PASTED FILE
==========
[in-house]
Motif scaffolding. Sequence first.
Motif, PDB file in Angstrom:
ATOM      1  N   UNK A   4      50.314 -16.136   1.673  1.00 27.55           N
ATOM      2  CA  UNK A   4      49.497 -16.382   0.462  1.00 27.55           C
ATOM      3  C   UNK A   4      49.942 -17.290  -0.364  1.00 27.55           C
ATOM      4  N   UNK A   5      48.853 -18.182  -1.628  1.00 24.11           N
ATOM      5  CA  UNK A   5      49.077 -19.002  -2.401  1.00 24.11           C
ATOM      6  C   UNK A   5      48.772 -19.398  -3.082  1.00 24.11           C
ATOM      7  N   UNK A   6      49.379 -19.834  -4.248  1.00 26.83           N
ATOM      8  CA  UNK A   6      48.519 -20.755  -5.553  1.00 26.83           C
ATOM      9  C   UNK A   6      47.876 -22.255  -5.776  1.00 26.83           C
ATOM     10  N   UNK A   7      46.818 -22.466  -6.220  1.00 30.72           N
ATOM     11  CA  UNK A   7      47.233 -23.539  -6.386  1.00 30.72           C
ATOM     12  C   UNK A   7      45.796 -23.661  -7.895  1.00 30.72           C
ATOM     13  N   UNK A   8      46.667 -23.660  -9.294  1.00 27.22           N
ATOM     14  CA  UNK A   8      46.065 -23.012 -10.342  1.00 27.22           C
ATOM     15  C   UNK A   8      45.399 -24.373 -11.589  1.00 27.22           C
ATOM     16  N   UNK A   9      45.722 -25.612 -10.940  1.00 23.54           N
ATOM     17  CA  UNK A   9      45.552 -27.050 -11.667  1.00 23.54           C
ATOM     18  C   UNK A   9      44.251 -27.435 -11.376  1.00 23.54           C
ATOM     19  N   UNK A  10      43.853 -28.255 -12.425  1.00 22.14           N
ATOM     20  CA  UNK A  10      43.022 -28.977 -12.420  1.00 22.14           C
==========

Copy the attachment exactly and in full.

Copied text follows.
[in-house]
Motif scaffolding. Sequence first.
Motif, PDB file in Angstrom:
ATOM      1  N   UNK A   4      50.314 -16.136   1.673  1.00 27.55           N
ATOM      2  CA  UNK A   4      49.497 -16.382   0.462  1.00 27.55           C
ATOM      3  C   UNK A   4      49.942 -17.290  -0.364  1.00 27.55           C
ATOM      4  N   UNK A   5      48.853 -18.182  -1.628  1.00 24.11           N
ATOM      5  CA  UNK A   5      49.077 -19.002  -2.401  1.00 24.11           C
ATOM      6  C   UNK A   5      48.772 -19.398  -3.082  1.00 24.11           C
ATOM      7  N   UNK A   6      49.379 -19.834  -4.248  1.00 26.83           N
ATOM      8  CA  UNK A   6      48.519 -20.755  -5.553  1.00 26.83           C
ATOM      9  C   UNK A   6      47.876 -22.255  -5.776  1.00 26.83           C
ATOM     10  N   UNK A   7      46.818 -22.466  -6.220  1.00 30.72           N
ATOM     11  CA  UNK A   7      47.233 -23.539  -6.386  1.00 30.72           C
ATOM     12  C   UNK A   7      45.796 -23.661  -7.895  1.00 30.72           C
ATOM     13  N   UNK A   8      46.667 -23.660  -9.294  1.00 27.22           N
ATOM     14  CA  UNK A   8      46.065 -23.012 -10.342  1.00 27.22           C
ATOM     15  C   UNK A   8      45.399 -24.373 -11.589  1.00 27.22           C
ATOM     16  N   UNK A   9      45.722 -25.612 -10.940  1.00 23.54           N
ATOM     17  CA  UNK A   9      45.552 -27.050 -11.667  1.00 23.54           C
ATOM     18  C   UNK A   9      44.251 -27.435 -11.376  1.00 23.54           C
ATOM     19  N   UNK A  10      43.853 -28.255 -12.425  1.00 22.14           N
ATOM     20  CA  UNK A  10      43.022 -28.977 -12.420  1.00 22.14           C